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Rory Burns reprimanded over Twitter spat with England’s Alex Hartley


The England batsman Rory Burns has earned a private rebuke following an unedifying online spat with women’s cricketer Alex Hartley in the aftermath of the Test team’s harrowing two-day defeat to India.

Burns, who was dropped for the 10-wicket loss in Ahmedabad, took umbrage with international spinner Hartley after she jokingly tweeted “Nice of the England boys to get this test match finished just before England Women play tonight” followed by four clapping emojis.

In a subsequently deleted tweet, which was liked by teammates Jimmy Anderson and Ben Stokes at the time, Burns replied: “Very disappointing attitude considering all the ‘boys’ do to support the Women’s game.”

It prompted Hartley, who is not part of the England team that is currently in New Zealand, to insist: “Think it’s been taken the wrong way/out of context. No offence was meant. We are all test match fans.”

This did not prevent something of a pile-on from others, however, including criticism from Nottinghamshire’s Ben Duckett and Samit Patel, as well as Durham’s Chris Rushworth.

Burns holds a Test central contract, while Hartley, currently summarising for BT Sport’s coverage of the women’s tour, has a regional deal at Lancashire. Both are understood to have been spoken to since by Ashley Giles and Clare Connor, the respective directors of cricket for the men’s and women’s game.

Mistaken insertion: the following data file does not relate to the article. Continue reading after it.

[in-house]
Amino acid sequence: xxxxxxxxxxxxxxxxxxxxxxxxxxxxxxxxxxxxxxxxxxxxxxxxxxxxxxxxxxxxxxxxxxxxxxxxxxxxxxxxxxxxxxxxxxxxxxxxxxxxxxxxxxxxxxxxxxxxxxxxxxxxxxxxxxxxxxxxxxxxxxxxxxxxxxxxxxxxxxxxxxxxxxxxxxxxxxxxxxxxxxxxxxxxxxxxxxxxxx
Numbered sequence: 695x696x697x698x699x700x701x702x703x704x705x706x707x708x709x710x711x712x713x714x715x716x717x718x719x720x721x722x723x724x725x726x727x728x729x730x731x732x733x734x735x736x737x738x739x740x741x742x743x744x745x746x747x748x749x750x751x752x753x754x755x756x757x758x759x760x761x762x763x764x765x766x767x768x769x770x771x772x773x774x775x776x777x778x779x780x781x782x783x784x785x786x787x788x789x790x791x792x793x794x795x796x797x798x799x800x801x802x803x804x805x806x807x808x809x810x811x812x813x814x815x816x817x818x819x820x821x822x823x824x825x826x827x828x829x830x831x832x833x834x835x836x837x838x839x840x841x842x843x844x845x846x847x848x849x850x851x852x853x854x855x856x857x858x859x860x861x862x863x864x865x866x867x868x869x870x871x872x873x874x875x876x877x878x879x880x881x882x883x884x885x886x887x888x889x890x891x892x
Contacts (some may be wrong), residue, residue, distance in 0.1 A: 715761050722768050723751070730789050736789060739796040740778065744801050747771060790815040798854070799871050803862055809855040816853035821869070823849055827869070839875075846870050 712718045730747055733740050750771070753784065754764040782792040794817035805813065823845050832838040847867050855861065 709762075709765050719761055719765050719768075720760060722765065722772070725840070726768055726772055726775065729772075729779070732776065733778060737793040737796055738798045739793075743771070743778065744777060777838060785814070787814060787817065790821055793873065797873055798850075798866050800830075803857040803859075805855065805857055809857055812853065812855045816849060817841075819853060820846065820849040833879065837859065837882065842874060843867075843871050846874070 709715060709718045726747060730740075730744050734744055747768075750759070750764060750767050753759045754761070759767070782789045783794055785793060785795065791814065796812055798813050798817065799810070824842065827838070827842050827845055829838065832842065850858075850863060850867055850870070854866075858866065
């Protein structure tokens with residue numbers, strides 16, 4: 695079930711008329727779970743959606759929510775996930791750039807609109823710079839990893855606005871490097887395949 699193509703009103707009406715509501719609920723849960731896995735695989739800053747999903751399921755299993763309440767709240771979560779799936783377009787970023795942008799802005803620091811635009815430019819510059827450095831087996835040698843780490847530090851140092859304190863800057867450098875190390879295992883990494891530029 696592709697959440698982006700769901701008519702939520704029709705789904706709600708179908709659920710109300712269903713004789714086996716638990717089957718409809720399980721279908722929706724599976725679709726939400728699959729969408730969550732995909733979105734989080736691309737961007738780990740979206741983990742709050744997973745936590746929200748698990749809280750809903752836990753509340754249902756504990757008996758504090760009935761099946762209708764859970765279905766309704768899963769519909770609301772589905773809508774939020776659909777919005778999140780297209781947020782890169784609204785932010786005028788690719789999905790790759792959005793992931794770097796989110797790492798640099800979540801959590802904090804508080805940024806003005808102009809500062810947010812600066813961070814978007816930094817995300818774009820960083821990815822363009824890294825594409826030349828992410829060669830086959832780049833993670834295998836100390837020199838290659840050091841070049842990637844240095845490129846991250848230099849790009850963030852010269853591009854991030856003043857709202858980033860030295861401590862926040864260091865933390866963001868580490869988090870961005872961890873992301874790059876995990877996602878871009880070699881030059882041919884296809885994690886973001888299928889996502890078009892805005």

Chris Silverwood, the men’s national team head coach, said the issue was being “dealt with back in England”, with an ECB spokesperson later telling the Guardian: “We recognise the influence high profile people have on social media, and have reminded Rory of his responsibilities.”

The exchange prompted a strong reaction online. Some supporters pointed to a poor choice of words from Hartley towards a fellow professional after a defeat – and questioned how it would have been received if the roles were reversed – while others pointed to the disparity in wages and profile for the two teams.

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Speaking after England women claimed a seven-wicket win over New Zealand in Dunedin to seal their ODI series with a game to spare, all-rounder Nat Sciver said: “I didn’t see the tweet but I did hear about it from some of the girls.

“Maybe it wasn’t the best timing – if we had lost a Test match in two days I would have been pretty mad – but that’s Twitter for you.”



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